By Joanna Levin
EVERYONE along the cattle supply chain seems to be losing money these days. US feedlots, where cattle are fattened ready for the packing house, have been unprofitable since last fall, with losses averaging $100-150/head.
A severe surplus of fat cattle in the feedlots ready for slaughter means producers are suffering. Fat cattle supplies on March 1 were 23% higher than the average for the past five years, but last month owners shipped 3% fewer fat cattle to the packing houses than a year earlier.
However, some bullish traders estimate that the situation has bottomed out. They believe that packing house orders will start to pick up, freeing up space in the feedlots and raising demand for feeder cattle. This sentiment contributed to a small rally in prices last week.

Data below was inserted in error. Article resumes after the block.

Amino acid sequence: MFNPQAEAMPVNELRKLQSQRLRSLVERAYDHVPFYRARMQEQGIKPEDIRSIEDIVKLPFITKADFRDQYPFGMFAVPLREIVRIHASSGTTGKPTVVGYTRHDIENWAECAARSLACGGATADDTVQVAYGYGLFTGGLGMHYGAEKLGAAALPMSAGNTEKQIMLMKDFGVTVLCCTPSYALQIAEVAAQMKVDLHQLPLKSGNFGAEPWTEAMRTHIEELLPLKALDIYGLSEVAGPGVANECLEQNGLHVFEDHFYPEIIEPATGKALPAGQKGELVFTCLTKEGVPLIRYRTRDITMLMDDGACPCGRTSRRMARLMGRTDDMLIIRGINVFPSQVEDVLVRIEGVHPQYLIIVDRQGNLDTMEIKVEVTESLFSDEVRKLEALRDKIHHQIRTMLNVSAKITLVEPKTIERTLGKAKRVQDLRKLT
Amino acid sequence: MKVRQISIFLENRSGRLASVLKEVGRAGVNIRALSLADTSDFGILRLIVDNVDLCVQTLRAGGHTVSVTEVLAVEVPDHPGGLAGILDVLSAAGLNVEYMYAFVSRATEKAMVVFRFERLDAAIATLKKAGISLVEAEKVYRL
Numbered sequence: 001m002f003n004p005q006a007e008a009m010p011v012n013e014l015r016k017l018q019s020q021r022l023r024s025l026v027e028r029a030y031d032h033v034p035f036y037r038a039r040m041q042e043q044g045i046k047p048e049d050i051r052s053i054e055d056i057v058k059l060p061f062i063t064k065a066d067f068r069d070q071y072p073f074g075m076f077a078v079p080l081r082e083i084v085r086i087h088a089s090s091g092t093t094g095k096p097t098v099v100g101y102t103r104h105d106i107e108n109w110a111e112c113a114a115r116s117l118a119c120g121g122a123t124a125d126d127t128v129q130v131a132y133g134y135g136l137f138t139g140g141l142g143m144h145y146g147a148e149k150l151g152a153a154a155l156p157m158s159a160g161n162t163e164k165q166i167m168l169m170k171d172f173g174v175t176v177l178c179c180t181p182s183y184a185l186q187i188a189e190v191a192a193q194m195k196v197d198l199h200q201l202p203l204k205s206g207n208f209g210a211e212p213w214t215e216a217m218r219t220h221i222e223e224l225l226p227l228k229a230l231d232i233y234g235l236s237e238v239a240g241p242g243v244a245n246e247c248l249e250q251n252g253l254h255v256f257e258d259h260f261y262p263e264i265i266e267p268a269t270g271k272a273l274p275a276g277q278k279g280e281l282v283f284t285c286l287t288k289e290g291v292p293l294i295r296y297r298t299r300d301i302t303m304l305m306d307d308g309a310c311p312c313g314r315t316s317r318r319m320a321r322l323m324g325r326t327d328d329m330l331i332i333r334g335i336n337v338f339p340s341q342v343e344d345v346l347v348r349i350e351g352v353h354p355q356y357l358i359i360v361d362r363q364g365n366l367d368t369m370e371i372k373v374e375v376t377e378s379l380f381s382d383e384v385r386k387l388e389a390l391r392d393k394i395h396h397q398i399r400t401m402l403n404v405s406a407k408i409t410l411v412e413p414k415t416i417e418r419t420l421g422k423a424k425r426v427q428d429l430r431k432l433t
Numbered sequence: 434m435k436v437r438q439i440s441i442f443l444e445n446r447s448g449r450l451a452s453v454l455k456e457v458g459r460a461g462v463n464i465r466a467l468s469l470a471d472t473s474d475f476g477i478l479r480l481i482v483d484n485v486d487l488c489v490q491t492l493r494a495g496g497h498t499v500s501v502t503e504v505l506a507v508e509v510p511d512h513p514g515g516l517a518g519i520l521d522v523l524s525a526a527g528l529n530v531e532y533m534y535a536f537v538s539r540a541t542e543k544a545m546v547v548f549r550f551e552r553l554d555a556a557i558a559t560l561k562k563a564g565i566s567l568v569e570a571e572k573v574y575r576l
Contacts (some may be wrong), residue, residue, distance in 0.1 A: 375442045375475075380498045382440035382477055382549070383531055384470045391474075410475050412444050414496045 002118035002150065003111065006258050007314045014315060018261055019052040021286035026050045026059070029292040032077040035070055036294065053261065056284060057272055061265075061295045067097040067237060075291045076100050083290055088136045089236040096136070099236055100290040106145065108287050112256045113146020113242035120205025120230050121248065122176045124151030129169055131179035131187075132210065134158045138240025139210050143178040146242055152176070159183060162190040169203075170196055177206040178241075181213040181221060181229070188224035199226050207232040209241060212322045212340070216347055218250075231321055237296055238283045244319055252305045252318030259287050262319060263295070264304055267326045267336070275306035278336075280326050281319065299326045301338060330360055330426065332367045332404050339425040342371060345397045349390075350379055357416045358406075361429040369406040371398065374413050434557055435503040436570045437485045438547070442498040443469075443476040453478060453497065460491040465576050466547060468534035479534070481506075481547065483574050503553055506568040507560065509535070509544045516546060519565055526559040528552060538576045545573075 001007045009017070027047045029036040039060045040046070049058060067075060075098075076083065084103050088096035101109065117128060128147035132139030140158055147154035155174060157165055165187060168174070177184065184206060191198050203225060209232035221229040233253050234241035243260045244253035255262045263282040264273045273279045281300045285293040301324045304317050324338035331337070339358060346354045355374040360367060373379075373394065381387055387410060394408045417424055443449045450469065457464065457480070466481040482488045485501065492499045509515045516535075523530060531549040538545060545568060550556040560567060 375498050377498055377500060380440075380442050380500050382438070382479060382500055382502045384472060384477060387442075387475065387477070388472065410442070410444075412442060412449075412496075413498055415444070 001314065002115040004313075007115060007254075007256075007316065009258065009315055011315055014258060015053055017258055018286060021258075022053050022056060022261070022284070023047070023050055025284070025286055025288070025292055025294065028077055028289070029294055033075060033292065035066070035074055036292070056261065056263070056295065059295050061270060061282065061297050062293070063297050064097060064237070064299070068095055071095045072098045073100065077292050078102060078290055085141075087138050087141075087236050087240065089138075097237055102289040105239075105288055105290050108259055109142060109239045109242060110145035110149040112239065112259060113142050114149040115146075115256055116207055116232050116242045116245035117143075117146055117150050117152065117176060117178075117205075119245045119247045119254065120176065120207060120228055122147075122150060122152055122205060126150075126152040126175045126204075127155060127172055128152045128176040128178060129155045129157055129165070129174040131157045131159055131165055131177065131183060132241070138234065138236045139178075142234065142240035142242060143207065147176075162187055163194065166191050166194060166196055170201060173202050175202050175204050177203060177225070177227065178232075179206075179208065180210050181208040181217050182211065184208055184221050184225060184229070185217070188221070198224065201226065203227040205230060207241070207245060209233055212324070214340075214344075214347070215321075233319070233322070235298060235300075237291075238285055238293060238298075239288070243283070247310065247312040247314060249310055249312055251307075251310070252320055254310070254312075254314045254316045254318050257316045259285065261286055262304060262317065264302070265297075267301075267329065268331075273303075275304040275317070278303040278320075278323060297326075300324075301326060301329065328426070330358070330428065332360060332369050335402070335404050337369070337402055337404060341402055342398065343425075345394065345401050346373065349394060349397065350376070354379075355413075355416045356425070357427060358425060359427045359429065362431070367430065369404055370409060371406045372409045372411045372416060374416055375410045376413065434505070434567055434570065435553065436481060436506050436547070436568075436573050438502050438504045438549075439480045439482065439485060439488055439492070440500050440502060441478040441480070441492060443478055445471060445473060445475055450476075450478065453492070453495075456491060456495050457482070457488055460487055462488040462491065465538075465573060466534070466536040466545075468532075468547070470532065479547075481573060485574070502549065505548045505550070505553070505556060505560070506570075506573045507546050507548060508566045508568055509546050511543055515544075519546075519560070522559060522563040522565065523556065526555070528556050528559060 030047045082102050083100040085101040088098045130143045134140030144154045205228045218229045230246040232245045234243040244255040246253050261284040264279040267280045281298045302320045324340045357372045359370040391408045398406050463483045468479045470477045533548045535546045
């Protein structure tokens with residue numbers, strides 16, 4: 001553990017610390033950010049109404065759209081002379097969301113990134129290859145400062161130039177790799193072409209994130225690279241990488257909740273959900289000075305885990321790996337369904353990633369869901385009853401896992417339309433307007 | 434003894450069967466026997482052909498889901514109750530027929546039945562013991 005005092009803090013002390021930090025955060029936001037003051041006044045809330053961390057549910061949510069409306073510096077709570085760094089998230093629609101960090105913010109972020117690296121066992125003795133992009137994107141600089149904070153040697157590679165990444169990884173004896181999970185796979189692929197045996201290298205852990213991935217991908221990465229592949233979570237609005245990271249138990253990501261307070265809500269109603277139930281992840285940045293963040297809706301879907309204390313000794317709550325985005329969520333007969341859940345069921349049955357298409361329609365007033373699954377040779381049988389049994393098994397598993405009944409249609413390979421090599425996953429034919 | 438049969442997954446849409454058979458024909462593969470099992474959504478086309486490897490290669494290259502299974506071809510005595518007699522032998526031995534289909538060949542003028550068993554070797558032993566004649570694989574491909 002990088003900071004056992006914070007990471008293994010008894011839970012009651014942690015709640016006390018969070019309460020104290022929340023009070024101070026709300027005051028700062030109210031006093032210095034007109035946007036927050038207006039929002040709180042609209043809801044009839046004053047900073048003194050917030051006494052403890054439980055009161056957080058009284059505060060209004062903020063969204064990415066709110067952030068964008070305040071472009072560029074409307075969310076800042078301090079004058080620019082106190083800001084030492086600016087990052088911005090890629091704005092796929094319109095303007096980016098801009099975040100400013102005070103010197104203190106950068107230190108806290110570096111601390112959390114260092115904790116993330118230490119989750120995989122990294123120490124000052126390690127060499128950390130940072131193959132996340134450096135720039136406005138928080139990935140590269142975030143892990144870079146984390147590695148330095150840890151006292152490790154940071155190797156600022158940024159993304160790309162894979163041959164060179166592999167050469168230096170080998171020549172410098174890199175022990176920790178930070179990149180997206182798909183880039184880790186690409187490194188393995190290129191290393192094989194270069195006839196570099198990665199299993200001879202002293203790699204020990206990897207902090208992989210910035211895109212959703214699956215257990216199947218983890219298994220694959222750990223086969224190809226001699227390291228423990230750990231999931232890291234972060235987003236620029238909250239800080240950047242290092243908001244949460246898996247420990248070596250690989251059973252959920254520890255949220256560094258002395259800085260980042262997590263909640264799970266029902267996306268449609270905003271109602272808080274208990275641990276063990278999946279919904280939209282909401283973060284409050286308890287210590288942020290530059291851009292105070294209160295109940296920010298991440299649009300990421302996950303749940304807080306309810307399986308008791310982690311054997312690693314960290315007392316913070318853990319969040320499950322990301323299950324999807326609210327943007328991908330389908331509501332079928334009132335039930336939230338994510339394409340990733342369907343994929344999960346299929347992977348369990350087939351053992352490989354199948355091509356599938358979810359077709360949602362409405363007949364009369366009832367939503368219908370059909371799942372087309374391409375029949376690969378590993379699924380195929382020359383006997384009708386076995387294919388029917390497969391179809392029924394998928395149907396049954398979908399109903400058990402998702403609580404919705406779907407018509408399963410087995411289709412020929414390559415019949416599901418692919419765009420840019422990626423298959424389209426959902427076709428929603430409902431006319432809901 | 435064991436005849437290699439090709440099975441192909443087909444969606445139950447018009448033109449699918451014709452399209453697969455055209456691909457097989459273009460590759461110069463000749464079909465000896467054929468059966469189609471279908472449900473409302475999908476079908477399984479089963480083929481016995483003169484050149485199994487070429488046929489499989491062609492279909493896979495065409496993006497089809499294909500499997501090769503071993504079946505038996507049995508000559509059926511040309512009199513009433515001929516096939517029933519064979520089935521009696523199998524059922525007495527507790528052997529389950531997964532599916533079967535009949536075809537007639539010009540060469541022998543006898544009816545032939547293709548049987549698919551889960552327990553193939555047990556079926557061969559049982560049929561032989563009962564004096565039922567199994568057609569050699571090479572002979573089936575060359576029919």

May feeder cattle prices – which tend to move in inverse relation to the corn price – rallied to close on Friday April 3 at 76.525¢/lb (46p/lb), compared with 73.8 cents/lb a week earlier. But beef prices dropped last week as packers sought to shift inventory. Feeder cattle prices and last weeks drop in the grain market helped
The Asian economic crisis continues to hurt US beef exports, especially to Japan and Korea. The depreciation in the Korean Won has caused a sharp reduction in hide exports to this major destination from 40% of total exports to 34%.